Officials have demolished the building that previously housed the Nashman Center for Civic Engagement and Public Service following months of resistance from local residents.
University spokesperson Crystal Nosal said officials started the process to destroy the building, also known as the Waggaman House, late last month and performed the demolition last week. The building’s demise follows a struggle between Foggy Bottom residents who wanted to save the building from destruction and locals who supported using the University’s plan to transform the lot into an area with green space.
Nosal said the contractor performing the demolition has redirected pedestrian traffic onto a temporary protected sidewalk on the street, and the destruction of the building will take place during “allowable work hours” with some noise. She said contractors also built a wooden structure over an exhaust vent on I Street to cover a Metrorail line to prevent debris from entering the grate.
“Standard construction noise is expected, and will take place during allowable work hours,” Nosal said in an email.
Officials announced in February that the building would be demolished and that the space would be converted into an outdoor space for “community use.” Nosal said officials are still developing usage plans for the now-empty lot.
The Foggy Bottom Association tried to save the building from demolition earlier this year, saying the row house needed to be preserved for its “historic” value. Nosal said the University met with concerned residents but continued the precedent of the 2007 Foggy Bottom Campus Plan, which found that the building, which was constructed in 1886, was not eligible for historic preservation.
“The Historic Preservation Plan for the Foggy Bottom Campus identified individual buildings and collections of historic properties and proposed a historic district on the Foggy Bottom Campus as well as the landmark designation of several additional campus buildings beyond those already designated,” Nosal said. “The building at 837 22nd Street was considered as part of this process but did not receive designation as a historic site.”
Margaret McDonald, an Advisory Neighborhood Commissioner whose district encompasses the former building, said she was not in office when plans to destroy the building were finalized, but she supports the demolition nonetheless. McDonald said the demolition of the building gives the University an opportunity to provide more housing space or classrooms, and hopes GW will explore those options in the future.
“I support making a new space where students can study and hang out, but I do think the space could have been utilized for dorm expansion or classrooms,” McDonald said in an email. “Generally, I am glad to see that the project is finally moving forward and something is happening with the space.”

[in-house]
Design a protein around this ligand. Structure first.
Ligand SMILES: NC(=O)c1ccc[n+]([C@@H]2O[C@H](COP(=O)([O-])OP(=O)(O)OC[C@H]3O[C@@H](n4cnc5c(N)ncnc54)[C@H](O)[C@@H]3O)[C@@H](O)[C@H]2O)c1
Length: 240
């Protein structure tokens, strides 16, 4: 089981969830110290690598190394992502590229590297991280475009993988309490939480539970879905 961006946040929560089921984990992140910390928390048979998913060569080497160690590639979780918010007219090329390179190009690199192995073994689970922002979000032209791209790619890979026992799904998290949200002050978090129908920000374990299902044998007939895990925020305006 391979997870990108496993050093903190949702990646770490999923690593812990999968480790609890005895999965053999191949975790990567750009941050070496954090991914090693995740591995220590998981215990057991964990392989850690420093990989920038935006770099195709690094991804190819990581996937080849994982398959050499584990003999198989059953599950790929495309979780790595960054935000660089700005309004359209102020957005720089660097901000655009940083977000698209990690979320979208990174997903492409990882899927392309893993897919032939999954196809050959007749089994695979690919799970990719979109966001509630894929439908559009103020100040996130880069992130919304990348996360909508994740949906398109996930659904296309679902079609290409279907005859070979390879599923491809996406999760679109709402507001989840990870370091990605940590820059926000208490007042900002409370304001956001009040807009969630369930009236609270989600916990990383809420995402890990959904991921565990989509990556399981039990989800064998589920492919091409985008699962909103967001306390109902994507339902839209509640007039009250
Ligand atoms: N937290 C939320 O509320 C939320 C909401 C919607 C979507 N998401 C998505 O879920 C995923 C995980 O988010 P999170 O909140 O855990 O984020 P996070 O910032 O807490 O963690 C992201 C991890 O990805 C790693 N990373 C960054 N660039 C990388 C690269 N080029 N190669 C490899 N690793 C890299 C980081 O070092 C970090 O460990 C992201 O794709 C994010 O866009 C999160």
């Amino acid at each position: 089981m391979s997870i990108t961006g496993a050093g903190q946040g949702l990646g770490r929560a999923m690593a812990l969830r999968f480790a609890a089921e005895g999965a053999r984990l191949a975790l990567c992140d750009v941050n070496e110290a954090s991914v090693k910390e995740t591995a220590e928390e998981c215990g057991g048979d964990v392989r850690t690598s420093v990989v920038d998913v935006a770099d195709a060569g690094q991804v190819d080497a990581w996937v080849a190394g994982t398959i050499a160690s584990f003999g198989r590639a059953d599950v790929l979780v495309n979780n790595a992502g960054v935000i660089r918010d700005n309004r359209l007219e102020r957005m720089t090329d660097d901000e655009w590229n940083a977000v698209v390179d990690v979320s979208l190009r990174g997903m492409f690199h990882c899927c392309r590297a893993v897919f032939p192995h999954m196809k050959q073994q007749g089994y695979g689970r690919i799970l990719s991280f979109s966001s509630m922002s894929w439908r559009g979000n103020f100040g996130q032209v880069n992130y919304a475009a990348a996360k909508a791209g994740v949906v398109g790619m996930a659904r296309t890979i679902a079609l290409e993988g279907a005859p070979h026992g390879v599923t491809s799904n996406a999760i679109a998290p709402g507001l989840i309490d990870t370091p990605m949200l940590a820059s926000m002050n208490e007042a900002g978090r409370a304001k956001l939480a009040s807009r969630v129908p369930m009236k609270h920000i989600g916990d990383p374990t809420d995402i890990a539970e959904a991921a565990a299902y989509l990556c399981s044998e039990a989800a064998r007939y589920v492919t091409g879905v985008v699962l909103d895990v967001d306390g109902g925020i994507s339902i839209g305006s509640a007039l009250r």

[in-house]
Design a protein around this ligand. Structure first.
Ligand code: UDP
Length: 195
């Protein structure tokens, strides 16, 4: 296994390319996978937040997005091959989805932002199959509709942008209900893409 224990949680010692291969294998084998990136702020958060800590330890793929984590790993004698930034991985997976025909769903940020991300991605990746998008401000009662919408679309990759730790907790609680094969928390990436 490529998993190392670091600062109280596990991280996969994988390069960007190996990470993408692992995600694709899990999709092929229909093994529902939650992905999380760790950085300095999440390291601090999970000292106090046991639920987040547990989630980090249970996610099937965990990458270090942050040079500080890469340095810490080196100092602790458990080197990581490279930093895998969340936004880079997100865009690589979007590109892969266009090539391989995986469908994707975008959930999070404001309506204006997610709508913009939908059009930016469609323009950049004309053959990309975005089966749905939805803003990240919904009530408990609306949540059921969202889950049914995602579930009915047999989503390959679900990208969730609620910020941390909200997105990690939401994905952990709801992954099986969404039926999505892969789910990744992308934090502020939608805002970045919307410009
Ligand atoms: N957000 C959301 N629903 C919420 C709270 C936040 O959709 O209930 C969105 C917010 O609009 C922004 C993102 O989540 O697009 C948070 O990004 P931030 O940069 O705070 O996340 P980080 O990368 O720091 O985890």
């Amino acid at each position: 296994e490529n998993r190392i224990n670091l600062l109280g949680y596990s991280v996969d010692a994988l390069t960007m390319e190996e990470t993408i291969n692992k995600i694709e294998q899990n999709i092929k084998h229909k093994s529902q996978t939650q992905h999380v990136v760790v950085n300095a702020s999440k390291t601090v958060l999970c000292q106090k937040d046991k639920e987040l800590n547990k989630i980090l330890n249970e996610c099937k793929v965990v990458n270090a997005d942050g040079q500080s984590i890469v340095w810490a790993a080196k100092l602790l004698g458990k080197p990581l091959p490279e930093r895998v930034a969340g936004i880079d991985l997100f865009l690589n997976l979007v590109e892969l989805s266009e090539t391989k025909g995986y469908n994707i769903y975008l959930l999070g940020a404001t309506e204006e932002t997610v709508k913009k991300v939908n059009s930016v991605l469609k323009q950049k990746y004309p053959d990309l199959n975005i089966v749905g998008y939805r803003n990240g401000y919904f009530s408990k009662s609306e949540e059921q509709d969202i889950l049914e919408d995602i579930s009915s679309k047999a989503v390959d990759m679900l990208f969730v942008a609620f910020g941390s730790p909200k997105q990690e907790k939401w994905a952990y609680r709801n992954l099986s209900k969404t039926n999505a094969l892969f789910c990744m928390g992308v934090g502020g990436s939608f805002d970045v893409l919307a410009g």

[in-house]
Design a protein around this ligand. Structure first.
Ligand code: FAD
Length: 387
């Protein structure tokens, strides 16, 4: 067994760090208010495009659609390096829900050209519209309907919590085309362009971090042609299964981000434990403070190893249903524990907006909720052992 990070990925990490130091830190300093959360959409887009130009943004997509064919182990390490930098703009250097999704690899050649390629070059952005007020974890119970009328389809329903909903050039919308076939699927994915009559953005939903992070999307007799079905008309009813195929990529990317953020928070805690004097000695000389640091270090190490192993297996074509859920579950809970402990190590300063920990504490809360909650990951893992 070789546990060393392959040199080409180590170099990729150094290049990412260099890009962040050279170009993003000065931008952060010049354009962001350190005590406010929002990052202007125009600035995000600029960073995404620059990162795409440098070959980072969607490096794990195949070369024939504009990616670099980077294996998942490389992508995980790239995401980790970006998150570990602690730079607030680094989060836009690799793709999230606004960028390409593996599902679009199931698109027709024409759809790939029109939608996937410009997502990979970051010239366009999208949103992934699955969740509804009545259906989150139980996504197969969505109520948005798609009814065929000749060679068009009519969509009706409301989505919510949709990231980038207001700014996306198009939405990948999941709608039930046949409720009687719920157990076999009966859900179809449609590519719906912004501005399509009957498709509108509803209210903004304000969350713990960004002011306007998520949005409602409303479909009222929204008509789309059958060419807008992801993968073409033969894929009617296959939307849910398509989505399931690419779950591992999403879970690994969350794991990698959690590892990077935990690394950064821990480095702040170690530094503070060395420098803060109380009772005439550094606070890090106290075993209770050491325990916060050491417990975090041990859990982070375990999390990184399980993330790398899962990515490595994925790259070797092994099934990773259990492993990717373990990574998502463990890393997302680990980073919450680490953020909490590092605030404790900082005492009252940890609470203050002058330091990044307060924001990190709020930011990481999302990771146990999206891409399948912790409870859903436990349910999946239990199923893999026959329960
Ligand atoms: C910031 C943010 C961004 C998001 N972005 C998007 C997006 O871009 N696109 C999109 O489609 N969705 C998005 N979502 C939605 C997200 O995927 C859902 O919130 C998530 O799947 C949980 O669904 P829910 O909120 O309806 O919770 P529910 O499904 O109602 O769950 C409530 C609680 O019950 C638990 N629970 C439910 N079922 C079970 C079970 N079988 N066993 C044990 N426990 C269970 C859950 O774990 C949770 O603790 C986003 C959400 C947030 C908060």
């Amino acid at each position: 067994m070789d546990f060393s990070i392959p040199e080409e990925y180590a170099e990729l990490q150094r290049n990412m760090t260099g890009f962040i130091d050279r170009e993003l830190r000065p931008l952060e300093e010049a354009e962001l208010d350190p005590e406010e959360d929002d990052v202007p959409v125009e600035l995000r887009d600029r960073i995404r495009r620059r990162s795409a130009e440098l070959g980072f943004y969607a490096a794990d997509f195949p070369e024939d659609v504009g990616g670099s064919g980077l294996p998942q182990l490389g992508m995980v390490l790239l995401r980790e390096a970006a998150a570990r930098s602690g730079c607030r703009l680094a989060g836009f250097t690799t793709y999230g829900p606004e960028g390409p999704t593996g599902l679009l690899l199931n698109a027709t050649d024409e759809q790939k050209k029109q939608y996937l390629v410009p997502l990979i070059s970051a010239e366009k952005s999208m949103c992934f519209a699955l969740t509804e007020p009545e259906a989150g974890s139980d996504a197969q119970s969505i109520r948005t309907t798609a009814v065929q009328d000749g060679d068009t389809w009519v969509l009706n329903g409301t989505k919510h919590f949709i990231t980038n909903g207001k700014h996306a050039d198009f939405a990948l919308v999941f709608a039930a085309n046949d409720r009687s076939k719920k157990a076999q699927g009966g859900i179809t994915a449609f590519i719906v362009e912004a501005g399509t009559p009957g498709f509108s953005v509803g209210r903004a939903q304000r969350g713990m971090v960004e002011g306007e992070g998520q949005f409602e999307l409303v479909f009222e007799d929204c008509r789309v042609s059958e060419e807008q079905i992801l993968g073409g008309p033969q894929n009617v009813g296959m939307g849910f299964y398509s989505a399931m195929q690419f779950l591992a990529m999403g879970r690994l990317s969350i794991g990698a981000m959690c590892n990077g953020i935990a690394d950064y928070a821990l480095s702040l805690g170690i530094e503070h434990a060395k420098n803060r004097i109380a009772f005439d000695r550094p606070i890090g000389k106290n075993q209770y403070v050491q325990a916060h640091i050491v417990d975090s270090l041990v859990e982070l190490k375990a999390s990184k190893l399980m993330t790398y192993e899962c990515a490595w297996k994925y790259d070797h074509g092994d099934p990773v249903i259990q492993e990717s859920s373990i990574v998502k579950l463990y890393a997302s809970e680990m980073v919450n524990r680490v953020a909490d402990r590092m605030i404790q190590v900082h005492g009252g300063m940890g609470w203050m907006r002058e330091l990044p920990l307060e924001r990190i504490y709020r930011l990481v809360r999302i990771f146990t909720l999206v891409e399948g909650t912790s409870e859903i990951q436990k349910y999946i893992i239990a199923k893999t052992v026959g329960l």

McDonald said she understands the desire to preserve historic buildings in the District, but she thought the space needed to be used for something new, like park space or other student accommodations.
“I understand concerns about preserving historic buildings in D.C., however, this space needs to be utilized for something new,” McDonald said. “The Nashman Center no longer resides within the building, and there is potential in creating a new park in the area instead.”
James Harnett, a former ANC commissioner who used to represent the area where the lot is located, said he supports the demolition of the building because of the opportunities it provides to expand classroom and learning spaces for students. He said concerns that the University is destroying a historic building are unfounded and that the building’s age doesn’t automatically make it a historic site.
“There are folks that would like to say that this is a tragedy and this is a step backwards for the neighborhood, and that just couldn’t be further from the truth,” Harnett said.
Harnett said the plans to use the new open space as an expanded park for several years is an “excellent” idea and hopes GW will build new facilities for Columbian College of Arts and Sciences students, who he believes deserve new learning spaces.
“We need to make sure that students, the very foundation of this neighborhood, have the space to learn that they need to feel valued and respected.”
John George, the president of the Foggy Bottom Association, wrote a letter to the ANC in March, asking them to call on GW to preserve the row house, which is the last remaining Foggy Bottom row house of the 11 that were built by developer Thomas Waggaman in 1886.
“The building is gone,” he said in an email. “I am not sure what more there is to say.”
This article appeared in the October 11, 2021 issue of the Hatchet.